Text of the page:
The Israeli economy has experienced substantial growth and development over the past decade, achieving annual GDP growth of around 4.5 per cent. The high-tech sector has been key in this growth, accounting for 10 per cent of the workforce, but 40 per cent of exports. Natural gas discovered off the north coast of the country also presents a source of future economic development, with quantities found that could fulfil the country's energy requirements for decades or provide substantial export revenue.
Media and civil society
Reporters Without Borders rated Israel 93 out of 178 countries in its 2010 Press Freedom Index, a situation it considered “satisfactory”, but has raised a number of concerns about media freedom in the country. Particular concerns have surrounded proposed reforms to libel laws, bans on foreign journalists in the Gaza strip during periods of military activity, the closure of a radio station in East Jerusalem, and the arrest of Palestinian journalists in Jerusalem and the West Bank. The Israeli government also faced severe criticism for its approach to civil society in November 2011, when a draft law that sought to limit the foreign funding of NGOs was introduced in the Knesset.
Human rights and children's rights
Beyond concerns regarding media and civil society freedom, a number of concerns have been raised with regards to human rights more generally with regards to the Israeli state. With regards to the Gaza strip, UN treaty bodies have been particularly critical of the demolition of homes and civilian infrastructure, as well as on the extensive limitations on freedom of movement posed by checkpoints and the wall. These actions have had a particular effect on children with regards to access to education and health facilities as well as in restricting aid agencies' access to the area.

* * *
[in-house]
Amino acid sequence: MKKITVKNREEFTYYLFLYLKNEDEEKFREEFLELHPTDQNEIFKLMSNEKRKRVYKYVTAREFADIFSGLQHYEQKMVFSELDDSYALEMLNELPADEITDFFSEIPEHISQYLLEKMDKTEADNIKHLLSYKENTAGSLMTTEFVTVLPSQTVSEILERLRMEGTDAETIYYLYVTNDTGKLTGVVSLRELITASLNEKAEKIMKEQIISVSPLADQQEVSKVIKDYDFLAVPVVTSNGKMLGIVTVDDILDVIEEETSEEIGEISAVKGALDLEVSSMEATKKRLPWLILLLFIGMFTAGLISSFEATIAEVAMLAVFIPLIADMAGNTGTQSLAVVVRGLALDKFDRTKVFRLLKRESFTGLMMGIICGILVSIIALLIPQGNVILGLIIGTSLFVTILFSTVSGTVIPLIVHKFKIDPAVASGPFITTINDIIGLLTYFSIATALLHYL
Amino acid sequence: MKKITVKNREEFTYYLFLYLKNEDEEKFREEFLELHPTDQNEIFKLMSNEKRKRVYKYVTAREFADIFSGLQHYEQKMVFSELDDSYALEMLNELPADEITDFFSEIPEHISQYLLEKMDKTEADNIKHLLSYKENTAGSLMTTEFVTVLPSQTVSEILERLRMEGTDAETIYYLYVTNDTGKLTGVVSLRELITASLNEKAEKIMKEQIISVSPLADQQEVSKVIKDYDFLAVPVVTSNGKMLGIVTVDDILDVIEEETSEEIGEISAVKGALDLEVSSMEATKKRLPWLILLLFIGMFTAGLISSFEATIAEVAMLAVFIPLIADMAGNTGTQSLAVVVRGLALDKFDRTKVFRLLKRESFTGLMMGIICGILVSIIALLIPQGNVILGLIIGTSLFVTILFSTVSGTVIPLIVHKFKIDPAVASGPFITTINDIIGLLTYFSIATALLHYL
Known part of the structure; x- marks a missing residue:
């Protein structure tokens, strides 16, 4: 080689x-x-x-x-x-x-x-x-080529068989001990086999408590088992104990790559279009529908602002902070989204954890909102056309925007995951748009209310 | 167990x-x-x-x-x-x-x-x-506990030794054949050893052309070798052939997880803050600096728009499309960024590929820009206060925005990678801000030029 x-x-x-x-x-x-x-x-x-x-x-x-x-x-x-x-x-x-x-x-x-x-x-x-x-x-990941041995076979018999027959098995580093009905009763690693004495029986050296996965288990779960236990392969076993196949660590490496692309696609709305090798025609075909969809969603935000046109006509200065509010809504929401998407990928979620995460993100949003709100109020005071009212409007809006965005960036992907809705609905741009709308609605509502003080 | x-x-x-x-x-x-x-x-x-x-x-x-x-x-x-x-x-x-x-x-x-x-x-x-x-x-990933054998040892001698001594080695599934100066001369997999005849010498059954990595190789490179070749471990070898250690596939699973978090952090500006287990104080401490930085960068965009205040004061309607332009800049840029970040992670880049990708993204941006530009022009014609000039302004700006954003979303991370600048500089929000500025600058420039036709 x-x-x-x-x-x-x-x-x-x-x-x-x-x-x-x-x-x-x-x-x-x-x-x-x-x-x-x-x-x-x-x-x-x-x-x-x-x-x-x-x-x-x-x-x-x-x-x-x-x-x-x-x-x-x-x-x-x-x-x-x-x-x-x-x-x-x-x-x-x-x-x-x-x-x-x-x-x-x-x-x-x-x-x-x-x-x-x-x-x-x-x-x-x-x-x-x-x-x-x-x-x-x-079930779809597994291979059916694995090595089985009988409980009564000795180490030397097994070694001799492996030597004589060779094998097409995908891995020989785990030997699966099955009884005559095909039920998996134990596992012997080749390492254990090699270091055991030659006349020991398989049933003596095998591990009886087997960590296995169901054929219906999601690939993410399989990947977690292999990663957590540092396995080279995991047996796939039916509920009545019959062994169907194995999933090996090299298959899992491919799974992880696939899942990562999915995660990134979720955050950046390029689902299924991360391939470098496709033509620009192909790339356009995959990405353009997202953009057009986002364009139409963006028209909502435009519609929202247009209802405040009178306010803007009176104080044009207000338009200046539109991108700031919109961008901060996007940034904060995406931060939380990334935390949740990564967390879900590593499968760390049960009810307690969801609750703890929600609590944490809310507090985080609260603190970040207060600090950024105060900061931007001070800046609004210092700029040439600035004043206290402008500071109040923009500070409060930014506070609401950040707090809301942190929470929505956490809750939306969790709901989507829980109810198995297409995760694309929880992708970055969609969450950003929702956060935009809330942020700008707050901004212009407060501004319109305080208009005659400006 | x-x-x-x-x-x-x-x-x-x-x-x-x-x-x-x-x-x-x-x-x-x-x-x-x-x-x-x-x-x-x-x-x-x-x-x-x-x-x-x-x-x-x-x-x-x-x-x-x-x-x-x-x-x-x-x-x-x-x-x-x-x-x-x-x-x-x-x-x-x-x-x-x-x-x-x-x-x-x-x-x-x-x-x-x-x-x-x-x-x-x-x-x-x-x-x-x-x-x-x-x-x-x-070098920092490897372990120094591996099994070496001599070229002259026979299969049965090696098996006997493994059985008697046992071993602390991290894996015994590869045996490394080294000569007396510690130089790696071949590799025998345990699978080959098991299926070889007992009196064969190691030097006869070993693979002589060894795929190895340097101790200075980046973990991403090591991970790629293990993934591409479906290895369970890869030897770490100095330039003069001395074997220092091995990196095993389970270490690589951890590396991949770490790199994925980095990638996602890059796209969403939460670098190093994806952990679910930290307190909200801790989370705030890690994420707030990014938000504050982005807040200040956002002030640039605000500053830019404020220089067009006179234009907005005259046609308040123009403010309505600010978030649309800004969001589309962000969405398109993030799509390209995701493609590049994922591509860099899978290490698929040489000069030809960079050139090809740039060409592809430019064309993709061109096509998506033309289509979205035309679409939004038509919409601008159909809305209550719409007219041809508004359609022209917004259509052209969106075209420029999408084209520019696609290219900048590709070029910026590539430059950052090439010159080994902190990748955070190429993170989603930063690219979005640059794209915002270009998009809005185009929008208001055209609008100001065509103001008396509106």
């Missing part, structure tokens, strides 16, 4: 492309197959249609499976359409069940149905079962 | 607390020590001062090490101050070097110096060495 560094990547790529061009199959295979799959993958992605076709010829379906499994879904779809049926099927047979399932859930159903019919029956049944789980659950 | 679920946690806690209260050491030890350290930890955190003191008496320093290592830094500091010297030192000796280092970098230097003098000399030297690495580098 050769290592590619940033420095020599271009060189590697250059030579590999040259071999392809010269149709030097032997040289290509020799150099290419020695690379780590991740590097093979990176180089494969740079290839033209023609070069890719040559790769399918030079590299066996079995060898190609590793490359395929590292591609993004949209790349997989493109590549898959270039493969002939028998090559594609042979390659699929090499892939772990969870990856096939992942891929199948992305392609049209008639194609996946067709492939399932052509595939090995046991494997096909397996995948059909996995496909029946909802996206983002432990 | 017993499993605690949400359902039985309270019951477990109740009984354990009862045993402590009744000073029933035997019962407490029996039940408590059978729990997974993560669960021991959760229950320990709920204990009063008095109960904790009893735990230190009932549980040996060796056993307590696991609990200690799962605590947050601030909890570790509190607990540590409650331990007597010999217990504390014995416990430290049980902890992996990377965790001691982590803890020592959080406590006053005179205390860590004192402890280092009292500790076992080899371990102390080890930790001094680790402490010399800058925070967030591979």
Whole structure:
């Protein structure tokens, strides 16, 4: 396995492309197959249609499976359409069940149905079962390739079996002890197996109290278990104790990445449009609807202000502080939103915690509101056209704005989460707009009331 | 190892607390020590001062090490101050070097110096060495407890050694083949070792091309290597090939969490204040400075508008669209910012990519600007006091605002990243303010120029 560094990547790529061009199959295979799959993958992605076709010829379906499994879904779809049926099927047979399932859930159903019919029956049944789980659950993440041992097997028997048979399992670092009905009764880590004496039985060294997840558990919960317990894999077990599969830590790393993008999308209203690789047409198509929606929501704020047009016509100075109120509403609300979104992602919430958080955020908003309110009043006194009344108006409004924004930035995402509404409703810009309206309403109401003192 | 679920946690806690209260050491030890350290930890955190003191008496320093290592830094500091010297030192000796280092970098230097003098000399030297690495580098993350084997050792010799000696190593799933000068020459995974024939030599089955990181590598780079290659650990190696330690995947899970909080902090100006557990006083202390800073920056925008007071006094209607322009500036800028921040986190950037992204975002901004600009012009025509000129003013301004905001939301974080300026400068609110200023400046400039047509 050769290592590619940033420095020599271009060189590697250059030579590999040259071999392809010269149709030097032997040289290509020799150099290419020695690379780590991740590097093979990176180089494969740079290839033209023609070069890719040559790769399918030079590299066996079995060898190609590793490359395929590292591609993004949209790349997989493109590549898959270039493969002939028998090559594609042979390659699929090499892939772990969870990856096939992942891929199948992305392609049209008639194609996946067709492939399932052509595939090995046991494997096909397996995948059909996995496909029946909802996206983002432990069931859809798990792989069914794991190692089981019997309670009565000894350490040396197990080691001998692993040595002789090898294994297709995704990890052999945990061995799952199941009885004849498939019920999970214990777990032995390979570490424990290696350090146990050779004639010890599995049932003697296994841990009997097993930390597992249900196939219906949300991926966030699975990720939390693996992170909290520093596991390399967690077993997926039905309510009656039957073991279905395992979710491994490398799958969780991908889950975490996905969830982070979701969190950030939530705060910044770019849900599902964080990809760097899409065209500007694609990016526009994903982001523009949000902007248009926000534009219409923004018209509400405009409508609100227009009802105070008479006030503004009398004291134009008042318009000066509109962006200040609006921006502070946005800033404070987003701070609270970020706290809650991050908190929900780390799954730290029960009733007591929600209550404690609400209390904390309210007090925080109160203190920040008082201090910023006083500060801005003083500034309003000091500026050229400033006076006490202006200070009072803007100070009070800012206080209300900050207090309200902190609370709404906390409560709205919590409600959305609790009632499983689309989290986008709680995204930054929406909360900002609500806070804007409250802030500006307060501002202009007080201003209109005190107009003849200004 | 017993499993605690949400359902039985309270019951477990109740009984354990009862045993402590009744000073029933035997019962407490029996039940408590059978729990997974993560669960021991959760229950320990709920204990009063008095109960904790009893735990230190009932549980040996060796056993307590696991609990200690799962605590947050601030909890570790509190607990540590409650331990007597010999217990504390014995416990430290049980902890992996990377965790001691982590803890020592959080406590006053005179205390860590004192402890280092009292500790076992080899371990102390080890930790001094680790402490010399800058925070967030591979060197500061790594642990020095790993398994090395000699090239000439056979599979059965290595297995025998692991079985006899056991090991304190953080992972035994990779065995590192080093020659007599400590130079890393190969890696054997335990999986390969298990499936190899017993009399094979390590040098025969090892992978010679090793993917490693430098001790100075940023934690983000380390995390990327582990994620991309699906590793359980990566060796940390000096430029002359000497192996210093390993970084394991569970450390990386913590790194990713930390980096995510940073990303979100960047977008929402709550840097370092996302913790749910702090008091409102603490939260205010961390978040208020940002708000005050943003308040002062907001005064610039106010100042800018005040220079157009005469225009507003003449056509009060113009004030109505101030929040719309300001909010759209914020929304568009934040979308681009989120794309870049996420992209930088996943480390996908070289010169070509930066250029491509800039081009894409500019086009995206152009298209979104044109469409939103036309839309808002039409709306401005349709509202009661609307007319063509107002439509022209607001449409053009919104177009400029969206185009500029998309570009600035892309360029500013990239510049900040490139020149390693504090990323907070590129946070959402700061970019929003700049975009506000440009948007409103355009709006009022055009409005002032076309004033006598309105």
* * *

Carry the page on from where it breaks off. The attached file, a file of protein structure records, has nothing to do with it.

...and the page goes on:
- Ynetnews.com, "Central Bureau of Statistics Census: 75.6% of Israelis Jews" 24 September 2008
- BBC, "Profile: Benjamin Netanyahu" 20 February 2009
- BBC, "Israel Profile" 31 August 2011
- The Economist, "Beyond the start-up nation" 29 December 2009
- The Economist, " Israel and its natural resources: What a gas!" 11 November 2010
- Reporters Without Borders, "Draconian measures threaten democracy" 22 November 2011
- Reporters Without Borders, " More Israeli arrests of Palestinian journalists in Jerusalem and West Bank" 19 November 2011
- CRIN, "Israel: Prime Minister stalls hearing on draft bill that would cap foreign funding of NGOs" 22 November 2011 and The Jewish Daily Forward, "U.S. Ambassador criticises anti-NGO law" 4 December 2011
- CRIN, "Israel: Children's Rights in UN Treaty Body Reports"
- OHCHR, " Israel Homepage"
- Hauser Global Law School Programme, Michal Tamir and Esther Mann Snyder, " UPDATE: A Guide to Legal Research in Israel"
- Foreign and Commonwealth Office, " Israel Country Profile"
- World Bank Data: Israel
- Reporters Without Borders, "World Report: Israel"
- BBC, " Israel Profile" and see footnotes
- The Economist, see footnotes